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A Problem from Hell: America and the Age of Genocide

As you can tell from the title, this book isn’t exactly heartwarming – it’s one of the most depressing books I’ve ever read, honestly.

But it’s important and gripping. It chronicles some of the most shameful events in recent world history, covering every recorded genocide from Armenia (1915) to Kosovo (1998). Samantha Powers examines them through the lens of the United States' foreign policy and its level of intervention or lack thereof. It also includes the history of the word “genocide” itself and the man who coined it after the end of World War II, Raphael Lemkin.

If you recognize Samantha Power’s name, it might be because she was appointed as the United States Ambassador to the United Nations during President Obama’s term and is currently serving as the head of USAID. But she started her career as a journalist and wrote this book prior to her more recent high-profile roles.

As a journalist near Srebrenica who reported on the killing of more than 7,000 Muslim men and boys by the Bosnian Serb army in the late ‘90s, Samantha Powers experienced firsthand how easy it is to underestimate humanity’s capacity for evil. In the lead up to the atrocities, she kept thinking that it couldn’t possibly escalate to worst-case-scenario levels, partially because of the promised protection from the international community. But she was wrong. She reported the events with a sense of disbelief and horror. Her personal connection to this topic results in a type of storytelling that captures the pain and tragedy of genocide, not just an accurate recording of the facts.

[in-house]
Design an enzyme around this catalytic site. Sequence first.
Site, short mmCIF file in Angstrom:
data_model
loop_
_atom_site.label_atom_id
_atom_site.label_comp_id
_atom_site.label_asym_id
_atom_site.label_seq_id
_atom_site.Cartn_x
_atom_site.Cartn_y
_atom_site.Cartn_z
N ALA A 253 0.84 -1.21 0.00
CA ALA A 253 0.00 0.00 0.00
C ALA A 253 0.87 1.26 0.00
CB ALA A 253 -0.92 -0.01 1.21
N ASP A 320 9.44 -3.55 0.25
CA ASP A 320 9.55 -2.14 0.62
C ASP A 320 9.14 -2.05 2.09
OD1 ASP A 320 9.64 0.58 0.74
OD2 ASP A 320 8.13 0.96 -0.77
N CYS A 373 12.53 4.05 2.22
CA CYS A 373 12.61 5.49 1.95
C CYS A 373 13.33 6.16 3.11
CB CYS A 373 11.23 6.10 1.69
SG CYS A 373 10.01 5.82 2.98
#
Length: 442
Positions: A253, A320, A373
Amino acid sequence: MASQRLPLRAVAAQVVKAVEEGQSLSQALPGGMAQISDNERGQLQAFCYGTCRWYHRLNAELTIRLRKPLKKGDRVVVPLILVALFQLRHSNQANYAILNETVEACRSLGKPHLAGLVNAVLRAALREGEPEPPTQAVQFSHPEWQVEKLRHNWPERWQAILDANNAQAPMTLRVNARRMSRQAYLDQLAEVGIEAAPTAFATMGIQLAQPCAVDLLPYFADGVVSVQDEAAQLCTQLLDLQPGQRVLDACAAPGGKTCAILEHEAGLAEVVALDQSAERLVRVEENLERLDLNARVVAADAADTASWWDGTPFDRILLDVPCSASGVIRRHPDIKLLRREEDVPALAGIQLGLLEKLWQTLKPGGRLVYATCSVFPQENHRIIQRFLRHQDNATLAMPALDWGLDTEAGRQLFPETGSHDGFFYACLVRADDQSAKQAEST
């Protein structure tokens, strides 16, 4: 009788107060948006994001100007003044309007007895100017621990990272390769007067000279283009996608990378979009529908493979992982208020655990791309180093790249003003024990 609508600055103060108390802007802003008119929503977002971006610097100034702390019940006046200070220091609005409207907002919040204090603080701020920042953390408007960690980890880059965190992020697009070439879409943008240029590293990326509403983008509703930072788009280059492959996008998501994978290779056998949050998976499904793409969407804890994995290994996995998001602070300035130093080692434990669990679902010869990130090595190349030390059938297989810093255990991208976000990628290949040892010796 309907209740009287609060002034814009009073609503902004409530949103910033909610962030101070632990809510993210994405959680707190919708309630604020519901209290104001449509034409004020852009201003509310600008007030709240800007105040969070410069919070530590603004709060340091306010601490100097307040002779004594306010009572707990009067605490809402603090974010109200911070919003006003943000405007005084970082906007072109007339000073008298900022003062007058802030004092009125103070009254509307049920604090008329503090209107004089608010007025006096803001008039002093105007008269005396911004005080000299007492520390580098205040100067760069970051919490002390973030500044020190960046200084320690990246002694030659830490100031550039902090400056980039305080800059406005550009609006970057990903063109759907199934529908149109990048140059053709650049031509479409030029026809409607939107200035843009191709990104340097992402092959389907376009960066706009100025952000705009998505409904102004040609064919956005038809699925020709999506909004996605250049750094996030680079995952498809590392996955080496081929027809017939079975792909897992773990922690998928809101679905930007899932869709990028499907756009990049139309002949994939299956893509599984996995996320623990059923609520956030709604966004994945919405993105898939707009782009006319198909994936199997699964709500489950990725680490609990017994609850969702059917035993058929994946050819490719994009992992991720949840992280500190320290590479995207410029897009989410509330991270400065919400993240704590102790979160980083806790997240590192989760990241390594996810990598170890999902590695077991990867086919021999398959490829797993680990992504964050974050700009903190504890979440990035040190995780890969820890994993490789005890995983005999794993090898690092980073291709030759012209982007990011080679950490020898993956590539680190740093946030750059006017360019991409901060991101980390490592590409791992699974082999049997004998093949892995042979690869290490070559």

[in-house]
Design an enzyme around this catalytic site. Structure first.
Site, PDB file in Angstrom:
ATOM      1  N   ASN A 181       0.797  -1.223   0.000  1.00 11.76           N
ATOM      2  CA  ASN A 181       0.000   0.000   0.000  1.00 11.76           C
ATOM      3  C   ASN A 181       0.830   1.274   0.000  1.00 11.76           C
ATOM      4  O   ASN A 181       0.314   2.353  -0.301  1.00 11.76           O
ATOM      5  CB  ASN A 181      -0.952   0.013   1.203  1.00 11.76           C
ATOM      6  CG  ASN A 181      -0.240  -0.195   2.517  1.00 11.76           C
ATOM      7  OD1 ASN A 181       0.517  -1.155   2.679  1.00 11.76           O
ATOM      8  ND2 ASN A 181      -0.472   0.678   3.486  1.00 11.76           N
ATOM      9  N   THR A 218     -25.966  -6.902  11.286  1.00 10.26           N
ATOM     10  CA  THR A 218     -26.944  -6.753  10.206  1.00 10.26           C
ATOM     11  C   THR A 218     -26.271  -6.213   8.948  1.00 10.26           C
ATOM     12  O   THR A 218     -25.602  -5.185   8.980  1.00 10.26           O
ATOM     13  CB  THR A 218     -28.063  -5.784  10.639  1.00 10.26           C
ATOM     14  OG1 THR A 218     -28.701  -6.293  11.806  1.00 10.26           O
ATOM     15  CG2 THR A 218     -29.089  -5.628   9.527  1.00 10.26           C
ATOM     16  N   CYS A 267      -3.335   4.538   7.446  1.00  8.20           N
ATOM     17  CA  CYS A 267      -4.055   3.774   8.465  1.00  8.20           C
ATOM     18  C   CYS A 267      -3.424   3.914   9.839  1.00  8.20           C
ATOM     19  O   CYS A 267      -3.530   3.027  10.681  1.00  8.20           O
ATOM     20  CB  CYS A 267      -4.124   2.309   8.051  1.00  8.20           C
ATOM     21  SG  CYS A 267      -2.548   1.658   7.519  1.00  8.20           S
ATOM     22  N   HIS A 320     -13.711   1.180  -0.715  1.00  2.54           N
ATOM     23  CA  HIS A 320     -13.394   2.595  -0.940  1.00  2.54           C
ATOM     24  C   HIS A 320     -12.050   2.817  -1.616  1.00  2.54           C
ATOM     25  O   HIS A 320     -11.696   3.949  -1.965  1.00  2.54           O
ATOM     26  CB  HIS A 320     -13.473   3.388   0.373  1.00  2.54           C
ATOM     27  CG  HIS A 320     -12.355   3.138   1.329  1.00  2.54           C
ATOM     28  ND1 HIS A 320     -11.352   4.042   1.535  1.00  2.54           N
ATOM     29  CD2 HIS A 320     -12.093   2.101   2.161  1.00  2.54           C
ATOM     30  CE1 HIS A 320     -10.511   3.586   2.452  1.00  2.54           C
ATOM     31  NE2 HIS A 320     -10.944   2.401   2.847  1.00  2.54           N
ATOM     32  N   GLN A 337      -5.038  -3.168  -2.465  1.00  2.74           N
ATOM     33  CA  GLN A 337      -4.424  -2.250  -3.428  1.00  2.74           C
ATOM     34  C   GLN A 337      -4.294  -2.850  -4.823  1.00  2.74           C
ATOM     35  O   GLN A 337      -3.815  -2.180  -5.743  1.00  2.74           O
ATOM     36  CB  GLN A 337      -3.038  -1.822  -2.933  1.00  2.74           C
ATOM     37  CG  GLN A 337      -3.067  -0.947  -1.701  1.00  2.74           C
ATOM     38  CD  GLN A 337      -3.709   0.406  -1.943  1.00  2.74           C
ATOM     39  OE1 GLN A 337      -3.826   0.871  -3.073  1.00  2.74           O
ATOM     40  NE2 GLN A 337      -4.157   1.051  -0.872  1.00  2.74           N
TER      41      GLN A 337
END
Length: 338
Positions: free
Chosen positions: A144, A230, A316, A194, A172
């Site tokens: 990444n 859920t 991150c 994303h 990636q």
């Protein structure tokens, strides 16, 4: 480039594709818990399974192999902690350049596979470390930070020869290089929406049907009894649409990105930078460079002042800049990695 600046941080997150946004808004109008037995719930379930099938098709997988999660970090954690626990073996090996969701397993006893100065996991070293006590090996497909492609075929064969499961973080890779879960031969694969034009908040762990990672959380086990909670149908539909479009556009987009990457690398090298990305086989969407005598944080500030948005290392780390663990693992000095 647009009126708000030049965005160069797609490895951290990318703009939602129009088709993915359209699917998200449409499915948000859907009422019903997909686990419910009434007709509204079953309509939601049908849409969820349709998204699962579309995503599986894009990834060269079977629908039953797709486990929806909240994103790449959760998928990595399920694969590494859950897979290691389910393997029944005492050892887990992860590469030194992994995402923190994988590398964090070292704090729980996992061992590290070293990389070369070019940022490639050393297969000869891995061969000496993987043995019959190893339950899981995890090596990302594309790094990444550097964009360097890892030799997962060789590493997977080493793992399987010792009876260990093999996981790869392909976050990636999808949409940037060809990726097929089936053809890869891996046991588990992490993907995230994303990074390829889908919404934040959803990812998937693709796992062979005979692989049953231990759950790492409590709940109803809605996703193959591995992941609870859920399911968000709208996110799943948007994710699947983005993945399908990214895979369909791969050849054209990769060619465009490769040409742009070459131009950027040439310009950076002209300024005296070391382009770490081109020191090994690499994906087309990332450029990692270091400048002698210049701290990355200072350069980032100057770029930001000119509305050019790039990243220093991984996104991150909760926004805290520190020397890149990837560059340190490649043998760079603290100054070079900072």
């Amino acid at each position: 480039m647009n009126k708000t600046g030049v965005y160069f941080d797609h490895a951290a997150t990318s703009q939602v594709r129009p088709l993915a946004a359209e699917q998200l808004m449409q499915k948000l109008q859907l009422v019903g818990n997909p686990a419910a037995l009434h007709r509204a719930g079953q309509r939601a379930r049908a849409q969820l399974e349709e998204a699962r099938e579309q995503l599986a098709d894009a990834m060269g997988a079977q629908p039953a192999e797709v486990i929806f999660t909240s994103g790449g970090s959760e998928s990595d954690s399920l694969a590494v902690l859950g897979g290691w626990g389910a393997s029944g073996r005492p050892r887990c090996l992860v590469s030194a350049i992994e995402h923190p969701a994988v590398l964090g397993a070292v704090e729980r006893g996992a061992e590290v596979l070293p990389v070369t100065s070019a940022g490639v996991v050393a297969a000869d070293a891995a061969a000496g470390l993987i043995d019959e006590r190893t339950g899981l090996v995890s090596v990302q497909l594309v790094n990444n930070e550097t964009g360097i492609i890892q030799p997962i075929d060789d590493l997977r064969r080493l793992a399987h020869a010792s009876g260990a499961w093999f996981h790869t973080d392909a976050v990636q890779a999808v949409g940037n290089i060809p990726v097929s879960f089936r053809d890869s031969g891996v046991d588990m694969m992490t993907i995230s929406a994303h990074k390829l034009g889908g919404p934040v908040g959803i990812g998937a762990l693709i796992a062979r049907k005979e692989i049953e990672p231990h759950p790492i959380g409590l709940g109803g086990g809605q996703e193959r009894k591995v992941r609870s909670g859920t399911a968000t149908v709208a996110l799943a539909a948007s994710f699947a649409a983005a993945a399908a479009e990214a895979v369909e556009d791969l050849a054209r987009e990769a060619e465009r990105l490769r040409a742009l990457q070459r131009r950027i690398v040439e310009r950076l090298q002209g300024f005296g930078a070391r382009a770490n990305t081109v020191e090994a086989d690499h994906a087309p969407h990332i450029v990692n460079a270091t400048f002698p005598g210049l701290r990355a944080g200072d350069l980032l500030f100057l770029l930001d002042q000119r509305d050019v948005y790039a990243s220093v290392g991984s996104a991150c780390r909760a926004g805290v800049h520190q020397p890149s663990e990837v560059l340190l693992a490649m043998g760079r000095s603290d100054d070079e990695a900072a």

Maybe as a result of her personal experience, the book is quite pro-interventionist. Her general conclusion is that the US should get more involved because of its power. I’m not as convinced that a blanket pro-interventionist policy is ideal. My conclusion, which is completely unhelpful when it comes to actually making a decision (and is the reason I’ll never be in a position of power that actually requires one), is that intervention in other countries is complicated. I’m not saying it should never be done and I think preventing genocide should be the highest priority. But it’s never that simple – and I think we’ve learned from recent (and not-so-recent) history that the US sticking its nose into other countries doesn’t always turn out well. But I understand how she gets there. And there are a few cases in particular (Rwanda comes to mind) that the international community shamefully failed by keeping quiet and staying out of it.

This book is riveting and sobering. It shows the absolute worst of humanity. It’s not the book to read before you fall asleep at night and if you’re already feeling down about the state of the world, it might not be your go-to read right now.

But if you’re a believer in learning from history so that it’s less likely to be repeated... it should be considered essential reading.

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